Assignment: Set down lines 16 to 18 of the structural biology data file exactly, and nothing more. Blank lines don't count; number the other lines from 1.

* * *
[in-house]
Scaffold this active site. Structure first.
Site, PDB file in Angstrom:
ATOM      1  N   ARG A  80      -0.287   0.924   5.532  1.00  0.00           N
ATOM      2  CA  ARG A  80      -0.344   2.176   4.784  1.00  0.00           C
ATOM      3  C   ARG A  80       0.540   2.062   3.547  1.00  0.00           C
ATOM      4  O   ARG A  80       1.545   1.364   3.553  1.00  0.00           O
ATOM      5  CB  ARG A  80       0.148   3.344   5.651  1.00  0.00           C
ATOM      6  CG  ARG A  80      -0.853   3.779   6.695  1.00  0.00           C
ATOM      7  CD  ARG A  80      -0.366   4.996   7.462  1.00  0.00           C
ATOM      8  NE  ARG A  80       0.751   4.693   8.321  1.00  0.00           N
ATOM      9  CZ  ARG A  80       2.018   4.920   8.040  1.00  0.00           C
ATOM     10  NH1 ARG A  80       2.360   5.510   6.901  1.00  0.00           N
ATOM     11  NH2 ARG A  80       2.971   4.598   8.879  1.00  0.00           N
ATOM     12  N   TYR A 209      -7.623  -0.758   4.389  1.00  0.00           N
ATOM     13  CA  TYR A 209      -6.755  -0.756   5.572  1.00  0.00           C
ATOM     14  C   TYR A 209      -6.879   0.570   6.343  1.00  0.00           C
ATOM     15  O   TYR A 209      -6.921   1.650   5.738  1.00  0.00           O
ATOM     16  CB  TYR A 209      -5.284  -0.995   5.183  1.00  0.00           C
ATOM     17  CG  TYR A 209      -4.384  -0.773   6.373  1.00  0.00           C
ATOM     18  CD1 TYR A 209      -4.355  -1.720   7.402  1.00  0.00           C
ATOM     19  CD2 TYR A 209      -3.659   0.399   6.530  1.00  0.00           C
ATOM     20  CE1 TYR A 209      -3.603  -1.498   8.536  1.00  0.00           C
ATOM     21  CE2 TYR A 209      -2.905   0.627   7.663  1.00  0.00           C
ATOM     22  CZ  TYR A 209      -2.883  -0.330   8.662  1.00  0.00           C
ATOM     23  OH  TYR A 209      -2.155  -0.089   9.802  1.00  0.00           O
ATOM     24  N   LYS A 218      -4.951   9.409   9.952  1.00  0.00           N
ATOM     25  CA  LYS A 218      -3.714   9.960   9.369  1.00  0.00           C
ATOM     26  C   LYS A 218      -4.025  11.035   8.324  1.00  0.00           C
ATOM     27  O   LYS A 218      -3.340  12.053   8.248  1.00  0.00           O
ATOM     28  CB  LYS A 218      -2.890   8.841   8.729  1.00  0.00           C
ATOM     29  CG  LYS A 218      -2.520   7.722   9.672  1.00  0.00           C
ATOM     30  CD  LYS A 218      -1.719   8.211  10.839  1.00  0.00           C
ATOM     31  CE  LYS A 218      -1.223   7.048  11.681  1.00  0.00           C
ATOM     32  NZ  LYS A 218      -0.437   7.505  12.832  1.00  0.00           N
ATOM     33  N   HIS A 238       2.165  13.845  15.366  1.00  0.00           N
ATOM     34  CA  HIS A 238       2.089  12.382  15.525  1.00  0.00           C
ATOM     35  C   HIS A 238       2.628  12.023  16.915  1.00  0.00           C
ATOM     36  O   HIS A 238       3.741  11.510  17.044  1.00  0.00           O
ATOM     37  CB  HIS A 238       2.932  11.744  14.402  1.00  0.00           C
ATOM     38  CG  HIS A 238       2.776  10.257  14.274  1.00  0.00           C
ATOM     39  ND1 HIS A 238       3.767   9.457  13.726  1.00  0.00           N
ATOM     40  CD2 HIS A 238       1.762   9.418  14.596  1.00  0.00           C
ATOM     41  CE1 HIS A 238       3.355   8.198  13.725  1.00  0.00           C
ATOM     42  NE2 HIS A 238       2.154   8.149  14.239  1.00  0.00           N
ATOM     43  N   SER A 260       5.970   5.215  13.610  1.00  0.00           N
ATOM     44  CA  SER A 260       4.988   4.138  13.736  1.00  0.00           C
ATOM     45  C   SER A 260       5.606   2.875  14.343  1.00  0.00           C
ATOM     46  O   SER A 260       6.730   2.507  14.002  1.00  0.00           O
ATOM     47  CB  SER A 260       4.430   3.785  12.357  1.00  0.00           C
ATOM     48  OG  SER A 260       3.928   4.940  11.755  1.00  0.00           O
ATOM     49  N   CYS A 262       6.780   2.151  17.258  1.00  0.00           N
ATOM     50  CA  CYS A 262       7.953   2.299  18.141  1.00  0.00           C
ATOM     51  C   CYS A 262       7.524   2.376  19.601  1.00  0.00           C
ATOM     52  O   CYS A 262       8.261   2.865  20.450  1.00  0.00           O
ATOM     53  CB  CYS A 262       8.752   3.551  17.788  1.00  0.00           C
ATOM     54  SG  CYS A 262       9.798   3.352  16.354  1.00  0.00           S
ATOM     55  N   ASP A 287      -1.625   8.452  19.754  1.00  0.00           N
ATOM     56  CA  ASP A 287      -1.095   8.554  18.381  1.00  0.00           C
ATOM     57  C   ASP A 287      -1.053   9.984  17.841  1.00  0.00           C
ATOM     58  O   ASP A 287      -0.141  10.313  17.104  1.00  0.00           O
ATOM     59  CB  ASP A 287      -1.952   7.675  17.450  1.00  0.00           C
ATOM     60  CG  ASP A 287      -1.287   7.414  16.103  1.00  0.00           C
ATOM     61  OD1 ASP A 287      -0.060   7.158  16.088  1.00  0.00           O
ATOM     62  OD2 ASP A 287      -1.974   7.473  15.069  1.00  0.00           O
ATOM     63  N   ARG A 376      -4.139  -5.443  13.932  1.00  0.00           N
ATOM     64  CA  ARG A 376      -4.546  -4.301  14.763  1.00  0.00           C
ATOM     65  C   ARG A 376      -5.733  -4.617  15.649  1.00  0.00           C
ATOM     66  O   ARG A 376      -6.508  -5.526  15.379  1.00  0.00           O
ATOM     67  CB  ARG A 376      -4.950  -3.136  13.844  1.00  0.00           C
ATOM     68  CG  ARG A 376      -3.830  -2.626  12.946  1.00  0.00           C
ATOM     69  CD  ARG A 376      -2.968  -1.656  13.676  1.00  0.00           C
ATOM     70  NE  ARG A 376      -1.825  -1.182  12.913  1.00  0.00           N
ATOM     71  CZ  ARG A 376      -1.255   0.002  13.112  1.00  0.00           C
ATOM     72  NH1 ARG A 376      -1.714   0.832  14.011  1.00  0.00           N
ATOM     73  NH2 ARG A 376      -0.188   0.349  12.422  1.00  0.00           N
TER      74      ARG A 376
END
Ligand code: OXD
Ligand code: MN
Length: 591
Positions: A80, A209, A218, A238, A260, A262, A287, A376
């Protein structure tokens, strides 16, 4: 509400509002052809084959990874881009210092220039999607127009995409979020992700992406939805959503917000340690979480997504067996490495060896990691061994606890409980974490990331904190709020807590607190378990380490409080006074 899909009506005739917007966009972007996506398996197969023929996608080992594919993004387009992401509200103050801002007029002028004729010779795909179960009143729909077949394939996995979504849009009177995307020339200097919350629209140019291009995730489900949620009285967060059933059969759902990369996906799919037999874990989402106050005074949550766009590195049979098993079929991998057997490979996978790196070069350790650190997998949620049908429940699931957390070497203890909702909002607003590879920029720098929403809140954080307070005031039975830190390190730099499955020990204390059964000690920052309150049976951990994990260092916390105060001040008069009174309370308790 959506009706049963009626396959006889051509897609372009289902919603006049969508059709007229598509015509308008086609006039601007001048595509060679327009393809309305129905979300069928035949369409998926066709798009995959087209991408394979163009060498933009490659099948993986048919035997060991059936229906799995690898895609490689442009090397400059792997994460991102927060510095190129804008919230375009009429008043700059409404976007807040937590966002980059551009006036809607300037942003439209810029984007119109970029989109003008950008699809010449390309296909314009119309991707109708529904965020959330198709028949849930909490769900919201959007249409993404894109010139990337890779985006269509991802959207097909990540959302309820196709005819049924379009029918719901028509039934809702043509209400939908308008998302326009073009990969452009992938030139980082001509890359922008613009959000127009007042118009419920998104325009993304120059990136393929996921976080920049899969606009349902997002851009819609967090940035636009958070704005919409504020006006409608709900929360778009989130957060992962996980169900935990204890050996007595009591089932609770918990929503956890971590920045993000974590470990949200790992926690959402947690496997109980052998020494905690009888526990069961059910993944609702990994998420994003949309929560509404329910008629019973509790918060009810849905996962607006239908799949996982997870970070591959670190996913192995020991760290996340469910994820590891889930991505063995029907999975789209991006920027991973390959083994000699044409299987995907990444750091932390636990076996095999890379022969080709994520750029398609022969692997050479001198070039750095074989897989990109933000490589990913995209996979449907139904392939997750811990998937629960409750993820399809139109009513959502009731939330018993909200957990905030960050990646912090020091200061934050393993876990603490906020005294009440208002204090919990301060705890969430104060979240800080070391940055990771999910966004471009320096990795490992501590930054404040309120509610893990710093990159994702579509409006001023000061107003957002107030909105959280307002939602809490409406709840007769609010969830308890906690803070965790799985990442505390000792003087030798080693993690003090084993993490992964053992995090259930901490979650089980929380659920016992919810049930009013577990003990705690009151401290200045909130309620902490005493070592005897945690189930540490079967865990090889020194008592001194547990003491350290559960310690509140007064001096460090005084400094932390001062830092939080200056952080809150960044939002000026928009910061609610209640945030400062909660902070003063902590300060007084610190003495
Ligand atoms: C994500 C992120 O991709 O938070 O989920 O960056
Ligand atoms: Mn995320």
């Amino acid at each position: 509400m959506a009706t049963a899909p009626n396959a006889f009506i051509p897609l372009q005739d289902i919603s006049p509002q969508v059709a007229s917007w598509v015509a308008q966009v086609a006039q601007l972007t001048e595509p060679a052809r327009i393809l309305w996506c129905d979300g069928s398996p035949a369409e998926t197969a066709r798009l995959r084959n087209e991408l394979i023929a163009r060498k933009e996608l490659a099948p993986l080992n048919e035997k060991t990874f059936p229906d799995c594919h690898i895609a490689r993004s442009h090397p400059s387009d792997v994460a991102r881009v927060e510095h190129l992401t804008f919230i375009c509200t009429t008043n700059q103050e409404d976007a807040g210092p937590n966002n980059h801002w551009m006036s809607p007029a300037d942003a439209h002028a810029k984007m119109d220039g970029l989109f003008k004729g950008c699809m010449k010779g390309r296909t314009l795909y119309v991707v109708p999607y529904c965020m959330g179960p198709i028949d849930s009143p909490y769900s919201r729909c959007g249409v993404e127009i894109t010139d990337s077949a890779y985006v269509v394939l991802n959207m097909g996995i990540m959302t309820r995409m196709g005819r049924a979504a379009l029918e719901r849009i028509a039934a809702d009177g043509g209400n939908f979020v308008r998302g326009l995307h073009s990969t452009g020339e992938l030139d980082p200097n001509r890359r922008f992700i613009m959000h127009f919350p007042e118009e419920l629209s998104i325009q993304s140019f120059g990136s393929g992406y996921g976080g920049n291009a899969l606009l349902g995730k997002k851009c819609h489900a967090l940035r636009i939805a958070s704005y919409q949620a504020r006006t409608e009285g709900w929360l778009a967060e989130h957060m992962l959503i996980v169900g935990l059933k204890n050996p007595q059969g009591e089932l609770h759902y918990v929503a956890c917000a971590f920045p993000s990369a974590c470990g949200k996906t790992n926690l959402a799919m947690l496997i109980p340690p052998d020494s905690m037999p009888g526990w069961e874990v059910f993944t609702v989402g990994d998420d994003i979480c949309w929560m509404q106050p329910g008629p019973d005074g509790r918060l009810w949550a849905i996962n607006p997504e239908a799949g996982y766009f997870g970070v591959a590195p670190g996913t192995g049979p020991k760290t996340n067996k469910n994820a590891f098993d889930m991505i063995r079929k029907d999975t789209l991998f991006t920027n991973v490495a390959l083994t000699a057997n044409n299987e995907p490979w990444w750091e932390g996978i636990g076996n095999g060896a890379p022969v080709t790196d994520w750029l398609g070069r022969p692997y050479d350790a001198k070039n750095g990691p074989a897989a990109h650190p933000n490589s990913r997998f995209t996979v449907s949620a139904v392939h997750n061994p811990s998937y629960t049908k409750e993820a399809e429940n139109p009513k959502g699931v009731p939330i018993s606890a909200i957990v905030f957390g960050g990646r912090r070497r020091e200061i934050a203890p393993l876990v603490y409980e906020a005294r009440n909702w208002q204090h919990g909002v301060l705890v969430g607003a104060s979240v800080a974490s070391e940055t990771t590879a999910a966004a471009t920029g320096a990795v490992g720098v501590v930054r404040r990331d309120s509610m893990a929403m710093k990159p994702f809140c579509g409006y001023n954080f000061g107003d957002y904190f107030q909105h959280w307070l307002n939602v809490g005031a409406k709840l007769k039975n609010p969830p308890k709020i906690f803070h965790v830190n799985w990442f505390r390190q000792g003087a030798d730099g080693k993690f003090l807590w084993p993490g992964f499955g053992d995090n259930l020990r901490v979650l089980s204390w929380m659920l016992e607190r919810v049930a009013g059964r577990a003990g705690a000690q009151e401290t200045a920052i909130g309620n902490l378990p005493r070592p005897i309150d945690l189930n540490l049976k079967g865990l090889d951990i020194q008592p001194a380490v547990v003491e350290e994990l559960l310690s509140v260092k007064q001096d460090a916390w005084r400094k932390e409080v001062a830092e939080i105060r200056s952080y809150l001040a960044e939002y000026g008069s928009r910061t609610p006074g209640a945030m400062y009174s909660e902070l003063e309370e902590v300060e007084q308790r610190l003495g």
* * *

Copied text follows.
ATOM     13  CA  TYR A 209      -6.755  -0.756   5.572  1.00  0.00           C
ATOM     14  C   TYR A 209      -6.879   0.570   6.343  1.00  0.00           C
ATOM     15  O   TYR A 209      -6.921   1.650   5.738  1.00  0.00           O